It's important to add that the struggles depicted by Little Red Ridinghood, Cinderalla and others, represent the struggles that go on in all families. Sibling rivalry is a well known family dynamic. Competition between emerging beautiful daughters and their proud but jealous and aging mothers is another familiar dynamic. Then, the fears and angry impulses that are aroused within children, have a safe and creative outlet through these tales.

It seems to me that the violence found in kid's novels, such as "The Hunger Games," video games, movies and television, are all too real for youngsters. The characters look very real while the action takes place in very familiar places. There is very little left to the imagination.

As far as political incorrectness goes, that has little or nothing to do with this mythology. The "Seven Dwarfs" are not real people and, if anything, may represent the small child himself. The image of the mother is protected for the child by having the "step mother" become the target of the child's anger and frustration instead of the treasured real mother. These are just a few examples.

Your comments and questions are encouraged.

Allan N. Schwartz, PhD

Allan Schwartz, LCSW, Ph.D.

Readers who live in the Boulder, Colorado metro area, or in Southwest Florida may contact Dr. Schwartz for face-to-face consultation. He is also available for psychotherapy through Skype video for those who are not in Florida or Colorado. He can be reached via email at for details.

Reader Comments
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As Someone That Grew Up With Such - Cathy - Sep 21st 2011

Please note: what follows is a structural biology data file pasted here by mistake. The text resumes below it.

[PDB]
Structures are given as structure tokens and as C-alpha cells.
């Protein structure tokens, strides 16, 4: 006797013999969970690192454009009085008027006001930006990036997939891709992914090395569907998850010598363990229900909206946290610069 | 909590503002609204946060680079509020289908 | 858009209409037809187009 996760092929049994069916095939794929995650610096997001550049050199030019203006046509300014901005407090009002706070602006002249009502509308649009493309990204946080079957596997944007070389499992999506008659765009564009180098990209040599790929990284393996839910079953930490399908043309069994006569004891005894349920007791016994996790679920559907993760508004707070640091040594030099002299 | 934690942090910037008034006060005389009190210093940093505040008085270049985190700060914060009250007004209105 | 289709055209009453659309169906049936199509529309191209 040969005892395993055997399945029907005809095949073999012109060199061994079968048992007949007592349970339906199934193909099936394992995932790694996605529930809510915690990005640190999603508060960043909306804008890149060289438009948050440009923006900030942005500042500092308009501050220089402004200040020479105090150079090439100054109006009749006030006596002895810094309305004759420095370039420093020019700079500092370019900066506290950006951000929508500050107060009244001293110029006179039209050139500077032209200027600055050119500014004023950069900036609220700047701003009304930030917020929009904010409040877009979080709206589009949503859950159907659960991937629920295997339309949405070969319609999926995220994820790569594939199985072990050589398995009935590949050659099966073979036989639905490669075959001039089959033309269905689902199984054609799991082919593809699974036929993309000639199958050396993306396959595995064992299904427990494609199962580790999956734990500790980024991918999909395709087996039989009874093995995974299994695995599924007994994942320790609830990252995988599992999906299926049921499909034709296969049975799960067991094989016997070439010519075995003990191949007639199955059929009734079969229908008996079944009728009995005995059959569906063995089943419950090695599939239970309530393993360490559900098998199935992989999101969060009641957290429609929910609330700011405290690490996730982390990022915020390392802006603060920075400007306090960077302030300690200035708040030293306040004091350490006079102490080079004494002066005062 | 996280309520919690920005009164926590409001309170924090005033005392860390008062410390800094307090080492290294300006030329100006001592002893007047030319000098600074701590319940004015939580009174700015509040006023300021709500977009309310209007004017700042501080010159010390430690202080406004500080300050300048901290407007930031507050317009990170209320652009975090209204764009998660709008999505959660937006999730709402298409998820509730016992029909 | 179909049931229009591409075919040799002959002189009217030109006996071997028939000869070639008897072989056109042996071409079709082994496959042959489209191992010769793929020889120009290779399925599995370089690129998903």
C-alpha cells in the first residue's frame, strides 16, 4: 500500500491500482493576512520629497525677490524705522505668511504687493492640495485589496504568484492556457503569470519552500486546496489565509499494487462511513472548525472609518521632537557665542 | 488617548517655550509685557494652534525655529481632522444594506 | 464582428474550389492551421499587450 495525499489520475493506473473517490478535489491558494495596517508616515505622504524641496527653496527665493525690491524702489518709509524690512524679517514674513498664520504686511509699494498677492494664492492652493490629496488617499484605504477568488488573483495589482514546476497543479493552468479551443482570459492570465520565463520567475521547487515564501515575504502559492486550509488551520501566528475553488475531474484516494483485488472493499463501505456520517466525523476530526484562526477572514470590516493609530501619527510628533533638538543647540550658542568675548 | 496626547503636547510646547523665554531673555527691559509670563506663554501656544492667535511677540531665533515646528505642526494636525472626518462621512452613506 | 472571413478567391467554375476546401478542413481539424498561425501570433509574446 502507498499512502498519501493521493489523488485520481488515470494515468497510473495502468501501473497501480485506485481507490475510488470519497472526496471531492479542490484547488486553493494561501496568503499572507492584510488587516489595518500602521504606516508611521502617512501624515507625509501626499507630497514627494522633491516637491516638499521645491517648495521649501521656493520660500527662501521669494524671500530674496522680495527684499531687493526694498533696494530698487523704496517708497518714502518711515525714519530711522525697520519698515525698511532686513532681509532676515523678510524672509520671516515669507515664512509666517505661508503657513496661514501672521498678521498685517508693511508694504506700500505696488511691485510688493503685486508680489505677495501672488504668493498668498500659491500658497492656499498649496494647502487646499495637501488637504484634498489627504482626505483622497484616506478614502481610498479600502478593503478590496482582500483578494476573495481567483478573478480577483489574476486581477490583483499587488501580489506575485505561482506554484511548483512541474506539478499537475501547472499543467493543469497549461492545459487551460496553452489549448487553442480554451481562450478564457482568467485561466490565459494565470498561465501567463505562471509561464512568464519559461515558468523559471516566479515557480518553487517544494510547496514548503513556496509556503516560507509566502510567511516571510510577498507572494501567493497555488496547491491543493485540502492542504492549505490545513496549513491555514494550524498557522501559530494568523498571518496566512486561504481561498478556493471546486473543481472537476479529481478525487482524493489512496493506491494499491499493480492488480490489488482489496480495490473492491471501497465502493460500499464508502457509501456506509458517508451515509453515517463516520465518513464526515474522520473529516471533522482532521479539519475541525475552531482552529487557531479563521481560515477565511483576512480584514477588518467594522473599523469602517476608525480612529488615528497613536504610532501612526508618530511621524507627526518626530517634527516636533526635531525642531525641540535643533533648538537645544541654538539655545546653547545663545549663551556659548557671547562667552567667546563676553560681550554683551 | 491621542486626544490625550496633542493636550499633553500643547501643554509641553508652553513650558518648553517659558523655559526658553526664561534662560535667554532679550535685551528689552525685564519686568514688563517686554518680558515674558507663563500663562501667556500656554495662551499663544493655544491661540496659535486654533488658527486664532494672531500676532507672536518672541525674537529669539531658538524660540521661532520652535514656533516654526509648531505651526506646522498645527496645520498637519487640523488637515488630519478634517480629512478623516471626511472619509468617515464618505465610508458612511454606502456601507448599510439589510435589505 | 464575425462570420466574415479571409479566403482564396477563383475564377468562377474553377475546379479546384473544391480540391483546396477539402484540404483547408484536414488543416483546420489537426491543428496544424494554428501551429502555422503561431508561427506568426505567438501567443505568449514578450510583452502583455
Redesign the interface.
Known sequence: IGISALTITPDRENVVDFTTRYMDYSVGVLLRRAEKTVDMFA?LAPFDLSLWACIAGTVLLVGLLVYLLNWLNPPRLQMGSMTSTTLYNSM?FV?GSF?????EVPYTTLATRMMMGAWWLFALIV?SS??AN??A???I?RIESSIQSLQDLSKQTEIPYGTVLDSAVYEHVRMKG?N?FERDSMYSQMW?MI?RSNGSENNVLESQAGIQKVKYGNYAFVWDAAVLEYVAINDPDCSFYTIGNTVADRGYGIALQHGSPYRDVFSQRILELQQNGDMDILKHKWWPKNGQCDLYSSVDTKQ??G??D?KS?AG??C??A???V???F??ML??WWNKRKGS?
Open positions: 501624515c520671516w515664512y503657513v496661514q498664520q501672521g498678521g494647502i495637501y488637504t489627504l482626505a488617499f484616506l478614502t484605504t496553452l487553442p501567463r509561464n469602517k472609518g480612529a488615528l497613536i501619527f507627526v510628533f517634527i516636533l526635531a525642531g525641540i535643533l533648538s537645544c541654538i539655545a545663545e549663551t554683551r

As someone who grew up with fairy tales and thinking this through as I read it, I could fall back and do fall back on those in troubing times.  As I look at that current villain in my life, I might imagine she is the witch in Little Red Riding Hood and tell myself "Someone is going to push you in the oven and I'll just stand there and smile."  This makes me feel good slightly sadistic but, at least, it tides me over until I become rational again.  I was told a couple of weeks ago that "you really can hold your cool" because we were at a heated discussion and I wanted to slamdunk the subject but I see things in a comic sense.  In my busy head, I convert a lot of things to cartoons and fairy tales and it does allow to me to just glide through situations.  On a bad day with the husband, I can look out the window to see if my prince on a white horse has yet arrived.  I'll have to admit though that I use the Roadrunner cartoons a lot when I am angry and they amuse me especially the dynamite.  So, perhaps, my salvation has been a couple fairy tales and a cartoon or two.  On "politically correct", it has been taken too far just like so many other things as they start out with a good idea, say terms you call a certain group of people because I do not want to call you by names that you find offensive, but everyone just keeps distorting the original purpose until it becomes a bad thing.